Family Electrician

Well, against all odds, I actually got my car. The dealer called me Friday to tell me that I can pick it up at 5:30pm on Saturday. And, surprisingly enough, it actually was there, in all its beauty, ready to get picked up, and so I did. Of course, it quickly turned out that I had bought a piece of crap junk car, just like many Indians had told me. The door handles are pretty flimsy, the doors are close to impossible to lock from the inside, and the gear box is one clunky piece of mechanical engineering gone pretty wrong. And the engine sounds a bit like some badly underpowered 70s Oldsmobile, but I love this car with all its faults.

Sadly, I had to say Good Bye to my wonderful driver. We had developed a very nice relationship, and he turned out to be fantastic. He was pretty sad, but I told him that we will call him, when Ksenia comes back from NYC, because then we’ll need him again. The last couple of weeks, he had sometimes tried to teach me a bit of Hindi, so now I know that sticking your pinky finger into the air means going for a pee. And the main phrase he had learned from us was “a little bit”, because up until recently, he would always say “something something” instead. Whenever I thanked him at the end of the day, he would say “It is my duty, Sir” and laugh – at one point, when he had found me a place to buy TimeOut Mumbai, he actually said “It is my duty, Sir” and laughed like Ernie from Sesame Street, as if he was laughing about that phrase himself, which he probably didn’t. Or maybe he was, I don’t know.

Our maid also seems to be doing ok. Well, she came pretty late twice, and she left some laundry in the dryer instead of taking it out, but I don’t really care. She’s not bad, and I quite like her. Of course, the other day I made a bit of blunder when my landlord came over with his family electrician yet again, and I actually tried to introduce him to my maid. So when I asked him, have you met my maid, he looked at me as if I was out of my mind, and just said “I don’t know, if I did, I don’t remember her face.” Ooops. I guess I had forgotten that in some Indian households the maid never leaves the kitchen and actually sleeps on the kitchen floor.

The landlord by the way is a bit of a character himself. He had lived for a while in NYC, so he’s quite understanding about a number of things. But since our phoneline is still not working, he keeps bringing his electrician in, always repeating the same old and apparently cricially important story that this electrician works exclusively for his family, because it is very hard to find one in India, so he works exclusively for his family. Why the electrician keeps coming back for “full investigation of the problem” (quote my landlord), and nothing actually gets fixed, I don’t know, but that’s a different story. Bottom line is that the walls must be soaked with dampness and mold (the mold is actually showing everywhere on the walls), so the main fuse keeps blowing then and again, and one of the many switch panels is unusable, because turning any of its switches will make the lights go out in the whole apartment. The funny part is always that clearly the landlord is telling the electrician what he needs to do, because apparently the family electrician is not really an electrician. But the two of them keep showing up in my apartment unannounced, seemingly discussing the progress of their full investigation.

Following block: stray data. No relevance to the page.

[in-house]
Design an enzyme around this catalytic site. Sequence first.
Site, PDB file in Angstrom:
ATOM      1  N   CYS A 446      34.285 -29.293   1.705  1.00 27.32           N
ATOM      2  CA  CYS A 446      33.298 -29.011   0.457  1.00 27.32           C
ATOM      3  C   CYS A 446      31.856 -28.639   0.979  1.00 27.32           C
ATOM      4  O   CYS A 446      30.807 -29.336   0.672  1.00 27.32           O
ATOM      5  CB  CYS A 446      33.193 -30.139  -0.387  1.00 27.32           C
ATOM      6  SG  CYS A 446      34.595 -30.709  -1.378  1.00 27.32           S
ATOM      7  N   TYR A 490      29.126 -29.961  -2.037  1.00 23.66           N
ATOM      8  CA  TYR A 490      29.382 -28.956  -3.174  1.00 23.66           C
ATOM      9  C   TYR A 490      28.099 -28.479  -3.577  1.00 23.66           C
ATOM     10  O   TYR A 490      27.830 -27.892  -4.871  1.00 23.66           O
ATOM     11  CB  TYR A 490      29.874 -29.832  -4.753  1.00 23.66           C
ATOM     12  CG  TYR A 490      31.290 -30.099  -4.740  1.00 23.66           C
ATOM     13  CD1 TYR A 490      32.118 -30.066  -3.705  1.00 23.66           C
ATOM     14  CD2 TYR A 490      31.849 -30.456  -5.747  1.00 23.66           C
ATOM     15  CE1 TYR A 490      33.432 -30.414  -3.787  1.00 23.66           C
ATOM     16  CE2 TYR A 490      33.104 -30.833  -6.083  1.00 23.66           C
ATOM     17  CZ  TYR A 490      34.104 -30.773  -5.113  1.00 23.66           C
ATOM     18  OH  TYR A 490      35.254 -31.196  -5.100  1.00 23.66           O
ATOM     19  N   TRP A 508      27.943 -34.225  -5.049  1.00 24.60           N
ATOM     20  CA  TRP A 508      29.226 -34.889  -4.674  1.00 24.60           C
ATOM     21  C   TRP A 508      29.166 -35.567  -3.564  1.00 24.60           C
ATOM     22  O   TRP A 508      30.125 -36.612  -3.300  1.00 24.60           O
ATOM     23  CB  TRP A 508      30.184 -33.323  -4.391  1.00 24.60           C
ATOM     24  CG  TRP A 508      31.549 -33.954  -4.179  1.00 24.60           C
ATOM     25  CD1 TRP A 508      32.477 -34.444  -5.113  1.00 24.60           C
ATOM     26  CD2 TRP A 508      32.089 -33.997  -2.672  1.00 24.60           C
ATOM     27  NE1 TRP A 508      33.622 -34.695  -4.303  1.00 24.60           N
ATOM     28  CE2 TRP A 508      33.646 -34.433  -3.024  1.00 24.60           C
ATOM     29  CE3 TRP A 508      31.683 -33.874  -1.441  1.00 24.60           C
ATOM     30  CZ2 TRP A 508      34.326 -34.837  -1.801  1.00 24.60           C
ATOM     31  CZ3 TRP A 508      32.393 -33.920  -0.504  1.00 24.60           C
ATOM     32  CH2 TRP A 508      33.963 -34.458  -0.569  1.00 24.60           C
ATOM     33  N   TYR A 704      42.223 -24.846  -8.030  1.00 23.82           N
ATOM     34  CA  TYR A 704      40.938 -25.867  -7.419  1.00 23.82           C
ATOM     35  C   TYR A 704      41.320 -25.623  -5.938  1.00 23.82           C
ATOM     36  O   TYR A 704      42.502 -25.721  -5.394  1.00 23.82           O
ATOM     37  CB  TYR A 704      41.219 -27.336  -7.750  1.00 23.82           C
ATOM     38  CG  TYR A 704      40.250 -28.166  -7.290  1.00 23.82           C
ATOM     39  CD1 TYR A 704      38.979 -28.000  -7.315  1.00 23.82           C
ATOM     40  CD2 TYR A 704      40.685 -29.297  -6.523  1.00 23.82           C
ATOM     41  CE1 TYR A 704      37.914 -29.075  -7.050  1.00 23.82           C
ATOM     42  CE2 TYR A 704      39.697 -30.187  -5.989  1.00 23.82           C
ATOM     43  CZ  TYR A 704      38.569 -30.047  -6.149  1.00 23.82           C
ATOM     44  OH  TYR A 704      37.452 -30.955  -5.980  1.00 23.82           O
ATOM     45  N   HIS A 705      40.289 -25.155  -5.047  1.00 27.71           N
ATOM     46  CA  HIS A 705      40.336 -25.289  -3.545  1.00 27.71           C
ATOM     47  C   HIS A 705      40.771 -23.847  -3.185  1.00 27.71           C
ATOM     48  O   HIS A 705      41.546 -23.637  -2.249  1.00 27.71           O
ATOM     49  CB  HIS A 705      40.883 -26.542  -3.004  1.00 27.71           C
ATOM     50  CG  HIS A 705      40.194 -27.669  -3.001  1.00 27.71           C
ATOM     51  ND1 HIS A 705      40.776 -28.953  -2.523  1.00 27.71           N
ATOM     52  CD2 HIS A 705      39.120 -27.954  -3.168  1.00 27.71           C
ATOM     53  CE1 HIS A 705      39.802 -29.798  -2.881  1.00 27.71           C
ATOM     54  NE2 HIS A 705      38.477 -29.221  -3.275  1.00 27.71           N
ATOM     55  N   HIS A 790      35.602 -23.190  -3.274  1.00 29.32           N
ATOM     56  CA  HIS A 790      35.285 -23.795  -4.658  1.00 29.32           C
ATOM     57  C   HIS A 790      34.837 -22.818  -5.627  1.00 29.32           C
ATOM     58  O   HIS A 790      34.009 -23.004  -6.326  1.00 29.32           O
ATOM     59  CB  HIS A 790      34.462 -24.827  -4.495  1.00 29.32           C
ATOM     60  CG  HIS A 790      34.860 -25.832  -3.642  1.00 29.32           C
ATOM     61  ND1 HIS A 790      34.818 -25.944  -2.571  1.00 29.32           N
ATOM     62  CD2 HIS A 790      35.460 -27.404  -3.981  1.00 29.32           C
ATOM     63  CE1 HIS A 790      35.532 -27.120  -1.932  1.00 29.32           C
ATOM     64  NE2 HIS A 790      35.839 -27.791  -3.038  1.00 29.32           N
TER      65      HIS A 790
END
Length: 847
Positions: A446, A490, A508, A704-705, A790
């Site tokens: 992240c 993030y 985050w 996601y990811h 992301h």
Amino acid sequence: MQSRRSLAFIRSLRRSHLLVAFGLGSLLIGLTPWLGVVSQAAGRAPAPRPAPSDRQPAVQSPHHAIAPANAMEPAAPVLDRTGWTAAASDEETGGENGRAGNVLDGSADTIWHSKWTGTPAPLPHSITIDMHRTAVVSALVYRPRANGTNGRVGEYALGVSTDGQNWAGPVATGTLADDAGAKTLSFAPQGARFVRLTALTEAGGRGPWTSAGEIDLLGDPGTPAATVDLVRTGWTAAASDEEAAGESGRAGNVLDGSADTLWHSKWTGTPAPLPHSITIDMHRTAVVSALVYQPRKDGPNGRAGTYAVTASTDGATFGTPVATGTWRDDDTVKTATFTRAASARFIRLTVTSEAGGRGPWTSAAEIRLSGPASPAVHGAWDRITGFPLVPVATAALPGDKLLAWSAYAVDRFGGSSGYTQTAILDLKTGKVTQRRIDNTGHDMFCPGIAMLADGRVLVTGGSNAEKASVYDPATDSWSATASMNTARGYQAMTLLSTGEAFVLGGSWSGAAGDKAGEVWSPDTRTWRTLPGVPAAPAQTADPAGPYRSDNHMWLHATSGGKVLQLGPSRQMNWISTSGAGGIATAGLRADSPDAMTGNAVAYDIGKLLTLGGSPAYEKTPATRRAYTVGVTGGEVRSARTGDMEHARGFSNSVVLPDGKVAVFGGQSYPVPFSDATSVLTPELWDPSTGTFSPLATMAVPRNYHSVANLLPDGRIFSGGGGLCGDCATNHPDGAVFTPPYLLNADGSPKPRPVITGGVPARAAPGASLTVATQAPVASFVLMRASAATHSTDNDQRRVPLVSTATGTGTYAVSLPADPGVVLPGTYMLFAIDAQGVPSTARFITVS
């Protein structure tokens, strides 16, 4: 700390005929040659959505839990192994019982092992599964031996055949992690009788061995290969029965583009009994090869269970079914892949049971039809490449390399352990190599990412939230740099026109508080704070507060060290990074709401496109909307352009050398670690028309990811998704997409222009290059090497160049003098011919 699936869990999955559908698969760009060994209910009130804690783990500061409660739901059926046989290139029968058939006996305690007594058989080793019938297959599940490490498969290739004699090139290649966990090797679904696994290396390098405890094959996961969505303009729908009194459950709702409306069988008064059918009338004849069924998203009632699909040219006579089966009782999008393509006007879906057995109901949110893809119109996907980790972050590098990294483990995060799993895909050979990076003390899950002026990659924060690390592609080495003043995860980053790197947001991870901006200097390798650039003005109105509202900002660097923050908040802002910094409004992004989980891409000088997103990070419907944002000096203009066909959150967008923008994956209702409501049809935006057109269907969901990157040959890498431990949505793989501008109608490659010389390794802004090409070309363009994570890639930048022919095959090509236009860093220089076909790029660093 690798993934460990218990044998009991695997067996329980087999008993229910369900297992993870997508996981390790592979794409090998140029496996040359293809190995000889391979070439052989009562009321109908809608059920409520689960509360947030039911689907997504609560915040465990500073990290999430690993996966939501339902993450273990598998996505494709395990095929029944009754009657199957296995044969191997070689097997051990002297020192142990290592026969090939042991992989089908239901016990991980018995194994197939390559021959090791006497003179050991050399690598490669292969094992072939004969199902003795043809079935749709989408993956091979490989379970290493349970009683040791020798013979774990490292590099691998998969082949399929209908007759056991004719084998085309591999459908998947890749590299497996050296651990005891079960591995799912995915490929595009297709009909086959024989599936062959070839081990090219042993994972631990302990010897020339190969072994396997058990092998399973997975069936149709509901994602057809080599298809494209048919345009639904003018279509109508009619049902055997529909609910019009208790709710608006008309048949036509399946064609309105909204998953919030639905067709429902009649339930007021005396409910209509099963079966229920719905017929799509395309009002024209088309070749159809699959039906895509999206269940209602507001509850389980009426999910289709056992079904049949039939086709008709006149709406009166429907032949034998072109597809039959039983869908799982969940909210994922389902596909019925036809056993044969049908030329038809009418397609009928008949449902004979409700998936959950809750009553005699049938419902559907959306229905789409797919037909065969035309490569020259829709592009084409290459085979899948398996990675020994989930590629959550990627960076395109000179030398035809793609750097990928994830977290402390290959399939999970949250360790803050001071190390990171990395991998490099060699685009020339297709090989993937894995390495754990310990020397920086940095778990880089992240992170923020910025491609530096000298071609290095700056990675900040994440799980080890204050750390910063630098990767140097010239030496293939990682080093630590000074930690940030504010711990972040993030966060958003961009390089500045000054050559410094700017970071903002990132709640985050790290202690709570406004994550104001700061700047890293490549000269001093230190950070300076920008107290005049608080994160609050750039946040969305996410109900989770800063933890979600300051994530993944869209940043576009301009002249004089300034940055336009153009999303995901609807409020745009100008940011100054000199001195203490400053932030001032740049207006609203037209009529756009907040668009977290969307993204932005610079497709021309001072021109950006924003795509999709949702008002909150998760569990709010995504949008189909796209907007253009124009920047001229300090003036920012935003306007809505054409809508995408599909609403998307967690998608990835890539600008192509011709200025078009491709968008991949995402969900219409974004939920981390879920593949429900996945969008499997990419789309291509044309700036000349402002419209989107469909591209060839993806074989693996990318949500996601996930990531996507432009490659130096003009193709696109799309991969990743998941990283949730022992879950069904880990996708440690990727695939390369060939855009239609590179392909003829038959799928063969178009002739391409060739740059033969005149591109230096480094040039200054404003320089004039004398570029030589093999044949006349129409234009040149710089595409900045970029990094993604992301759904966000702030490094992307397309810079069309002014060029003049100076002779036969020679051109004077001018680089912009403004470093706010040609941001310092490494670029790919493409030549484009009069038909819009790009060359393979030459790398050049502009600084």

The landlord also told me that I can park the car on the little parking lot that’s part of the apartment building. There’s really not enough space for the six or seven cars standing around, so I asked him, how does it work, and whether it’s on a first come first serve basis, or what? He assured me, no problem, I can park, there are no designated parking spots. So when I tried, the watchman makes a few wild gestures, so I understand I should park on the other side of the building. Now, there is a very small elderly’s home in the ground floor of the building, so as soon as I park there, some young modern chap comes up to me telling me in a very important sounding tone that that parking space is reserved for the doctor. Of course, the doctor doesn’t live there, he just works there, if that. He probably just shows up then and again, because the home is pretty small, the size of my apartment. Anyways, but the parking space is for the doctor, very important. I am not in the mood to get into an argument with either the landlord or the neighbors, so I guess I will be parking on the street, which should be fine.

In other news, I finally found a very cool little club that’s the way little clubs should be like. It’s in a stinky little hotel that looks like it had seen better times. The club was nice and very laid back, people obviously just wanted to dance, so there were no posers, macho guys, or bimbos, like there are in so many clubs in any city you go. The music was pretty good as well, so I guess I will be going back there some time.

Oh, and very funny, I find, is this

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One Response to Family Electrician

  1. Rathna Prathap says:

    It’s a lovely Avigo

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